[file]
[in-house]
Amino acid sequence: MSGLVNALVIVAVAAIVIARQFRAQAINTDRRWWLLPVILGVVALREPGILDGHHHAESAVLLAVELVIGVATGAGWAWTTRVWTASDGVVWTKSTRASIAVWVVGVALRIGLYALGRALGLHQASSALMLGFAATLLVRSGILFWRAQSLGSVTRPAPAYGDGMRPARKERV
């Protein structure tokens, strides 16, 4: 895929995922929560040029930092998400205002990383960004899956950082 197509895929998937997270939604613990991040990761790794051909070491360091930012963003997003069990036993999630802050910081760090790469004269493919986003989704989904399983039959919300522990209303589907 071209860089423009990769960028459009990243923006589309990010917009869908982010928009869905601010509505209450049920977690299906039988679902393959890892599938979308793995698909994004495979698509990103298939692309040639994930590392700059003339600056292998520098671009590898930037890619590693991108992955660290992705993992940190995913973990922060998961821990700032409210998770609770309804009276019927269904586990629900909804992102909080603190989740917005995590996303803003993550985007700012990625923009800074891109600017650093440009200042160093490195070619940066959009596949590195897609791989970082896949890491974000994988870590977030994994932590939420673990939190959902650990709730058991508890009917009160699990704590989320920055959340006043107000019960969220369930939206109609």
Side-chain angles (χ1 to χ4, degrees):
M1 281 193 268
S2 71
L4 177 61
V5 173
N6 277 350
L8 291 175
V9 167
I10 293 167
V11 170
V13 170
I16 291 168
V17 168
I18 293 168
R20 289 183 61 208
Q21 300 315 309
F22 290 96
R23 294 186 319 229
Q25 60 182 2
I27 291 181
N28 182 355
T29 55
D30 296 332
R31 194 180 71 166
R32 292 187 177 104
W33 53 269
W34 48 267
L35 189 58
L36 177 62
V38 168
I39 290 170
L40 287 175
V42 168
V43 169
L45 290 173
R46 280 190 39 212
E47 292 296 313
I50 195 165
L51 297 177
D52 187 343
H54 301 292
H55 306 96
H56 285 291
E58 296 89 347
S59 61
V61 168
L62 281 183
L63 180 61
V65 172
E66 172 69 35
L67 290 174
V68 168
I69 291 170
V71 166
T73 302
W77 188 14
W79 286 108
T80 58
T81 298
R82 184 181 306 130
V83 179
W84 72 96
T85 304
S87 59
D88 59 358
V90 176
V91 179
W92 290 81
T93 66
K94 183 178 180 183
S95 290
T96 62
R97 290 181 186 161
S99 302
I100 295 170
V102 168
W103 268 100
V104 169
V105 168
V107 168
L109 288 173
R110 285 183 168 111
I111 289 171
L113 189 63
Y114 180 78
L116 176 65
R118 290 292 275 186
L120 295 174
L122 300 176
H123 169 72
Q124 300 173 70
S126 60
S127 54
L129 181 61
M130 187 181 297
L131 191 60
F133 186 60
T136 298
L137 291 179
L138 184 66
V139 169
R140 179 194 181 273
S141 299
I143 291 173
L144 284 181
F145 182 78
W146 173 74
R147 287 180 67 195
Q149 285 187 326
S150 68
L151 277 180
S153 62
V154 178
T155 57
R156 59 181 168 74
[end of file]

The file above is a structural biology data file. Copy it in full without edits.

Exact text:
[in-house]
Amino acid sequence: MSGLVNALVIVAVAAIVIARQFRAQAINTDRRWWLLPVILGVVALREPGILDGHHHAESAVLLAVELVIGVATGAGWAWTTRVWTASDGVVWTKSTRASIAVWVVGVALRIGLYALGRALGLHQASSALMLGFAATLLVRSGILFWRAQSLGSVTRPAPAYGDGMRPARKERV
């Protein structure tokens, strides 16, 4: 895929995922929560040029930092998400205002990383960004899956950082 197509895929998937997270939604613990991040990761790794051909070491360091930012963003997003069990036993999630802050910081760090790469004269493919986003989704989904399983039959919300522990209303589907 071209860089423009990769960028459009990243923006589309990010917009869908982010928009869905601010509505209450049920977690299906039988679902393959890892599938979308793995698909994004495979698509990103298939692309040639994930590392700059003339600056292998520098671009590898930037890619590693991108992955660290992705993992940190995913973990922060998961821990700032409210998770609770309804009276019927269904586990629900909804992102909080603190989740917005995590996303803003993550985007700012990625923009800074891109600017650093440009200042160093490195070619940066959009596949590195897609791989970082896949890491974000994988870590977030994994932590939420673990939190959902650990709730058991508890009917009160699990704590989320920055959340006043107000019960969220369930939206109609």
Side-chain angles (χ1 to χ4, degrees):
M1 281 193 268
S2 71
L4 177 61
V5 173
N6 277 350
L8 291 175
V9 167
I10 293 167
V11 170
V13 170
I16 291 168
V17 168
I18 293 168
R20 289 183 61 208
Q21 300 315 309
F22 290 96
R23 294 186 319 229
Q25 60 182 2
I27 291 181
N28 182 355
T29 55
D30 296 332
R31 194 180 71 166
R32 292 187 177 104
W33 53 269
W34 48 267
L35 189 58
L36 177 62
V38 168
I39 290 170
L40 287 175
V42 168
V43 169
L45 290 173
R46 280 190 39 212
E47 292 296 313
I50 195 165
L51 297 177
D52 187 343
H54 301 292
H55 306 96
H56 285 291
E58 296 89 347
S59 61
V61 168
L62 281 183
L63 180 61
V65 172
E66 172 69 35
L67 290 174
V68 168
I69 291 170
V71 166
T73 302
W77 188 14
W79 286 108
T80 58
T81 298
R82 184 181 306 130
V83 179
W84 72 96
T85 304
S87 59
D88 59 358
V90 176
V91 179
W92 290 81
T93 66
K94 183 178 180 183
S95 290
T96 62
R97 290 181 186 161
S99 302
I100 295 170
V102 168
W103 268 100
V104 169
V105 168
V107 168
L109 288 173
R110 285 183 168 111
I111 289 171
L113 189 63
Y114 180 78
L116 176 65
R118 290 292 275 186
L120 295 174
L122 300 176
H123 169 72
Q124 300 173 70
S126 60
S127 54
L129 181 61
M130 187 181 297
L131 191 60
F133 186 60
T136 298
L137 291 179
L138 184 66
V139 169
R140 179 194 181 273
S141 299
I143 291 173
L144 284 181
F145 182 78
W146 173 74
R147 287 180 67 195
Q149 285 187 326
S150 68
L151 277 180
S153 62
V154 178
T155 57
R156 59 181 168 74